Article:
The MP for Peterborough says she voted against the EU Withdrawal Bill to prevent a “power grab” from the Government.
The bill which aims to incorporate EU law into British law passed through the House of Commons on Wednesday evening (January 17) by 324 votes to 295, despite opposition from Labour, including city MP Fiona Onasanya.
The bill was passed after proposed amendments were defeated earlier in the day. It will now pass to the House of Lords.
Commenting on why she voted against the bill, Ms Onasanya, who ealier this week was made a Labour Whip, told the Peterborough Telegraph: “The remaining stages of the EU Withdrawal Bill debate were concluded despite main issues such as huge and accountable power being put into the hands of government ministers being consistently highlighted.
“Parliament should not be sidelined on key decisions and crucial rights and protections are, in my opinion, at risk without necessary amendments.
“These issues were also highlighted when it was published in July - including writing to the ministers, but no changes were seen.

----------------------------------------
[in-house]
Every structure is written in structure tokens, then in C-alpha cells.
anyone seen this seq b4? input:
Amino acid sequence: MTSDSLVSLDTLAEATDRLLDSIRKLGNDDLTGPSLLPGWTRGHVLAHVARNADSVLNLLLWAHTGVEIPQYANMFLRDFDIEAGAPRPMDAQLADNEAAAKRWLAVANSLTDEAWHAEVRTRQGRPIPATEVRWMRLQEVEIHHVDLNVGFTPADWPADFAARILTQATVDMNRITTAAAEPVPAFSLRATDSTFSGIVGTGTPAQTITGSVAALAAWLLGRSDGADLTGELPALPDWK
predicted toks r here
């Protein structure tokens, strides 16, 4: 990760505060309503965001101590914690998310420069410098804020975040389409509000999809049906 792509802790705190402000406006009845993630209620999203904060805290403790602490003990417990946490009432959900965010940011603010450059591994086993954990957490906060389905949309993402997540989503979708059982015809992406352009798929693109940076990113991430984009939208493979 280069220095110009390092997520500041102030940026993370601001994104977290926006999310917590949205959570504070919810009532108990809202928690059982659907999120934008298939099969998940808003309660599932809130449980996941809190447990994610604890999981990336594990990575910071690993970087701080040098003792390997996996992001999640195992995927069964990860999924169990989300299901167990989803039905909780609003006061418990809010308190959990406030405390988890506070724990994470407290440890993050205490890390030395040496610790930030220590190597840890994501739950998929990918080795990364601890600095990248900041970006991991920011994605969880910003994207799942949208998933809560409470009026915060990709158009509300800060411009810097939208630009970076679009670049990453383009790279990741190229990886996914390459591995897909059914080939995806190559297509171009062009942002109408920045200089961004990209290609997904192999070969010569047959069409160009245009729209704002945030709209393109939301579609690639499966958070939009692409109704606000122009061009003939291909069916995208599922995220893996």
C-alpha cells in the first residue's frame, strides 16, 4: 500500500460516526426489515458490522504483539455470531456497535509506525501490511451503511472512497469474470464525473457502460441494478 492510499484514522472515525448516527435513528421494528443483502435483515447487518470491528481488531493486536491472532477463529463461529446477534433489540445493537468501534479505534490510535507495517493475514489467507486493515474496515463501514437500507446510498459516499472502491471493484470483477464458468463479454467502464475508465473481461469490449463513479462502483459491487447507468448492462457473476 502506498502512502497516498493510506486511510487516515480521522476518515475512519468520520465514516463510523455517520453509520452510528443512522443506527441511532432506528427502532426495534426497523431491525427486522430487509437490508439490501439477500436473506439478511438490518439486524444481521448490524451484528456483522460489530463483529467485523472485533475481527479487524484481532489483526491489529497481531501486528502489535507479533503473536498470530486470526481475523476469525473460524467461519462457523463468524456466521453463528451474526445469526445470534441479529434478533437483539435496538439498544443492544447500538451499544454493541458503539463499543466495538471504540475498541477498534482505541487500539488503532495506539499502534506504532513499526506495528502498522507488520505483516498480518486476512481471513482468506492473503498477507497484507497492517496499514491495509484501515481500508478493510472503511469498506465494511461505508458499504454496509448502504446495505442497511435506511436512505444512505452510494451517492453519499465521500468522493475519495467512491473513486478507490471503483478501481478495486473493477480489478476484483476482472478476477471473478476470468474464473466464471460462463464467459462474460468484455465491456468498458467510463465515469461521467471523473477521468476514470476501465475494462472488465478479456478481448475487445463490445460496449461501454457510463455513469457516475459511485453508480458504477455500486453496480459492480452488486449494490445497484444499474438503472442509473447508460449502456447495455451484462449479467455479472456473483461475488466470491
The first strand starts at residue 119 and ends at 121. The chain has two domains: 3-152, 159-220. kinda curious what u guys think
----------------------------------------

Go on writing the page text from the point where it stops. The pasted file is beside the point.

“I fully understand that the majority of people in Peterborough and indeed this country voted to Leave, but how we leave is what is now being considered.
“I have always said we need to be careful and not careless in our departure and this bill, without amendments, concerns me.
“I voted in favour of amendments, but these votes fell and as such none of those amendments will be implemented.
“Far from bringing back control to Parliament, it could result in a power grab for the Government - this is why the proposed amendments were both necessary and required and further why without them, I felt I had to vote against it.”
In the June 2016 referendum, 60.8 per cent per cent of people in Peterborough voted to leave the EU on a turnout of 72.4 per cent.